31 May The Low Down on Hands Free Devices While Driving in California
Cell phones and motorists are a bad mix. The split second it takes to answer the phone is enough time to get into a serious accident, and as if that’s not bad enough, most California motorists pay more attention to the person they’re speaking to than they do driving their car.
California’s Laws Regarding the Use of Cell Phones in Vehicles
In an attempt to keep motorists’ minds on their driving, California lawmakers have passed several laws designed to curtail the use of cell phones on the road. Most motorists know about the laws the prohibit picking up the phone and holding it while driving as well as the laws that state they can’t text while they’re driving. Fewer are aware of the fact that any driver under the age of 18 is prohibited from using even hands-free devices and speakerphone while they’re behind the wheel.
Based on statistics that show that even drivers who use a hands-free device while on the phone are at an increased risk for getting into a serious accident, it’s likely that a day will come when even drivers over 18 will be penalized for using the devices while driving.
The Consequences of Using a Cell Phone While Behind the Wheel
California’s patrol officers are constantly looking for drivers who are breaking the rules and talking on the cell phone. Even the faintest hint that you’re phoning while driving and they will pull you over. Do to the severity of the accidents that have happened as a direct result of cell phone use, most aren’t sympathetic and won’t let you go with a warning.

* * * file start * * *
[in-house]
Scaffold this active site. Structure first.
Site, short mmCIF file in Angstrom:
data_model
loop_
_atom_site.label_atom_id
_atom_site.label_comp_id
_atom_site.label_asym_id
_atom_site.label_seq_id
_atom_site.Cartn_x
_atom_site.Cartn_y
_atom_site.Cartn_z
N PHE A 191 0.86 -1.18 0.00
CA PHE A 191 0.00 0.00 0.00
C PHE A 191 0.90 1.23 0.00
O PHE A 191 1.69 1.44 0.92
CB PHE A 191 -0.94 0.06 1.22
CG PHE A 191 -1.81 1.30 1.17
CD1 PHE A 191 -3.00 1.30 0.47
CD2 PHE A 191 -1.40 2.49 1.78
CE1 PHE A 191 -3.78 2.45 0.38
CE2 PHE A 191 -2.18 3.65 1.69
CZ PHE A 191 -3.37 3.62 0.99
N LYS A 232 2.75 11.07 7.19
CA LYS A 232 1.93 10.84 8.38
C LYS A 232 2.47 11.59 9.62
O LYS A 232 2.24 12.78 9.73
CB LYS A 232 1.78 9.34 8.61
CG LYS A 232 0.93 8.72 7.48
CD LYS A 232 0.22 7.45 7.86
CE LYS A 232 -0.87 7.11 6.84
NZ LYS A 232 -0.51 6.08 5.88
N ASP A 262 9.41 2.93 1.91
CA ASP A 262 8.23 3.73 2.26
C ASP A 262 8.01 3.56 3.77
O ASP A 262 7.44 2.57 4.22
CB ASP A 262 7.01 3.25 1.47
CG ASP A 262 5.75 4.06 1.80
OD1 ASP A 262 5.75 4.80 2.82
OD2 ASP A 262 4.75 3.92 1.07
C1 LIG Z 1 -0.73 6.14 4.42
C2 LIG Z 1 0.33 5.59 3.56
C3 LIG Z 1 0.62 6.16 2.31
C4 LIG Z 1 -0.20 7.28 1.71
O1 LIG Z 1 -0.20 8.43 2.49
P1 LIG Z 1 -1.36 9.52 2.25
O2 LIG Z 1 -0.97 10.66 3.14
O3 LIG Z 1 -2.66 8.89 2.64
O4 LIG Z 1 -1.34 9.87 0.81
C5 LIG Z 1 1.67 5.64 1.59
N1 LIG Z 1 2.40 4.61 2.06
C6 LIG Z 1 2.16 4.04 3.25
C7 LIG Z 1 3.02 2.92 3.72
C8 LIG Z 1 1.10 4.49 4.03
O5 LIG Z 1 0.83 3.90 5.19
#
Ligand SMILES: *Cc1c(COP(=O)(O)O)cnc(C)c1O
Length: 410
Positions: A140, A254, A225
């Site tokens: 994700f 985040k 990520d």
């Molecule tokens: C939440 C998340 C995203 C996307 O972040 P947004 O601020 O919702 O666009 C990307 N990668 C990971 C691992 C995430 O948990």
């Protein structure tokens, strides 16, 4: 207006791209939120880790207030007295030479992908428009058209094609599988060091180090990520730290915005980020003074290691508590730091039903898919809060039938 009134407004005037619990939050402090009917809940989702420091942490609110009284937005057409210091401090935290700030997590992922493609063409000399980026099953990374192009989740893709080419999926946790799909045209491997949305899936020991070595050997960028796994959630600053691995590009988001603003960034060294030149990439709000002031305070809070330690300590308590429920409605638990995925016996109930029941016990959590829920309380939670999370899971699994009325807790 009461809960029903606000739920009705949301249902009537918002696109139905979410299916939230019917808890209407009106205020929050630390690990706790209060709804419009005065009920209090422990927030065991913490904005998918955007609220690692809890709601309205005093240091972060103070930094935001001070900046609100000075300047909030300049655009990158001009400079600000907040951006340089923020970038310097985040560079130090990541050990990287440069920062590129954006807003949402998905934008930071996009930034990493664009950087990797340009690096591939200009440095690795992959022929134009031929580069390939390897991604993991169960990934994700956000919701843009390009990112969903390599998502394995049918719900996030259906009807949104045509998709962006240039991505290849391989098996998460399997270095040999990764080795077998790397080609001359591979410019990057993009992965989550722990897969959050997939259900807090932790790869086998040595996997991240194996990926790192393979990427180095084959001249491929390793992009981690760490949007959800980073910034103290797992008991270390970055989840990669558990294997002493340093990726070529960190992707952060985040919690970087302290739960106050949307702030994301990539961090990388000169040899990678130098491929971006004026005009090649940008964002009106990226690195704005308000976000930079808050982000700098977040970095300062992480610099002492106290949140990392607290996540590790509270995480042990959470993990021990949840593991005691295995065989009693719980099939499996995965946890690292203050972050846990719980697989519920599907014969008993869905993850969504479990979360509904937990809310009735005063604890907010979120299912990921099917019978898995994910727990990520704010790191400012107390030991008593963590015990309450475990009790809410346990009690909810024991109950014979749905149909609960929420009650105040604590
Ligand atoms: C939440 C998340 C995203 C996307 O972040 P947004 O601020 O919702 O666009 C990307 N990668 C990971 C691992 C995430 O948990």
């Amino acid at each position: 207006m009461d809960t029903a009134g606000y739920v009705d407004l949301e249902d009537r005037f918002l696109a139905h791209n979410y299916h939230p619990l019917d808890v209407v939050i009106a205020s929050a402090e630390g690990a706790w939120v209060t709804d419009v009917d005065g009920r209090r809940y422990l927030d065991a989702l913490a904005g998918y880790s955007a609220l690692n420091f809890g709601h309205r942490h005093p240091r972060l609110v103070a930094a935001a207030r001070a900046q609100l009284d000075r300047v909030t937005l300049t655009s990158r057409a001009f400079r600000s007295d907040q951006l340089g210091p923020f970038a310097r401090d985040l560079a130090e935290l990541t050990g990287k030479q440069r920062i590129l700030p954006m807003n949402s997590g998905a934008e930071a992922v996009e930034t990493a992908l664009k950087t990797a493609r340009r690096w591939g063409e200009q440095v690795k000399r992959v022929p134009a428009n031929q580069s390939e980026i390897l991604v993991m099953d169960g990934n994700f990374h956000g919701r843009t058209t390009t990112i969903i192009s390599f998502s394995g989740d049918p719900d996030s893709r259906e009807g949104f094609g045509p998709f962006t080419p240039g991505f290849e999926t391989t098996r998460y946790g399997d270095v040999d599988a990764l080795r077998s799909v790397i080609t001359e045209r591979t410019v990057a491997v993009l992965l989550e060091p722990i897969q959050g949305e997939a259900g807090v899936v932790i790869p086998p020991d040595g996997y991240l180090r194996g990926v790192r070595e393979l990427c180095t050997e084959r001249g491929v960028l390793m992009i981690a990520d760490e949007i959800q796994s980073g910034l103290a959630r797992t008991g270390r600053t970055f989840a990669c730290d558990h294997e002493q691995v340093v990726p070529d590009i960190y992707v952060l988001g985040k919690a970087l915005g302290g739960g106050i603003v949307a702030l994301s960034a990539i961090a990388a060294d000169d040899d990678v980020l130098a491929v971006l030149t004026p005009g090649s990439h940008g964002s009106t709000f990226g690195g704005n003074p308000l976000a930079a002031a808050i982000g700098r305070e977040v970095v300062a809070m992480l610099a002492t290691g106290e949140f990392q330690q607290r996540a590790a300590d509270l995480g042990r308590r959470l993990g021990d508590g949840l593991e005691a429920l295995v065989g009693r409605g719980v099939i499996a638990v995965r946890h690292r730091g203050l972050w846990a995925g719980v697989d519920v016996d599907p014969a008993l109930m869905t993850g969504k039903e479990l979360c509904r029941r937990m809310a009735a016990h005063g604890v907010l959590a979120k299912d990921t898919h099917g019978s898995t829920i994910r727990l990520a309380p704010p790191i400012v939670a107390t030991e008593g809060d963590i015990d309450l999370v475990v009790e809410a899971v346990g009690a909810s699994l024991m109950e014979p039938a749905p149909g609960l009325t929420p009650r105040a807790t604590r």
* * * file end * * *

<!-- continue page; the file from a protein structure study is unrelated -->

The first time an officer catches you using a cell phone while driving, you’ll get hit with a $20 ticket. After that, the cost goes up to $50. And that’s just the tip of the iceberg. If you were doing things like speeding, weaving, or not obeying traffic signs while you were talking, those will be added to the ticket, driving up the amount the state collects from you. Most people who are pulled over for using their cell phone while they’re behind the wheel, ultimately pay $250 in traffic fines.
In addition to the cost of the ticket, most insurance companies raise the rates of drivers who are ticketed for cell phone use.
Exceptions to the Rule
Yes, there are times when you can be behind the wheel and use your phone, but they’re limited to a few outstanding situations. Those times include:
- Making a 911 emergency call
- If you’re driving an emergency vehicle
- If you’re driving on private property
The best way to stay out of trouble and avoid costly fines while also reducing the risk of you getting into an accident is pulling over to the side of the road if you need to make a call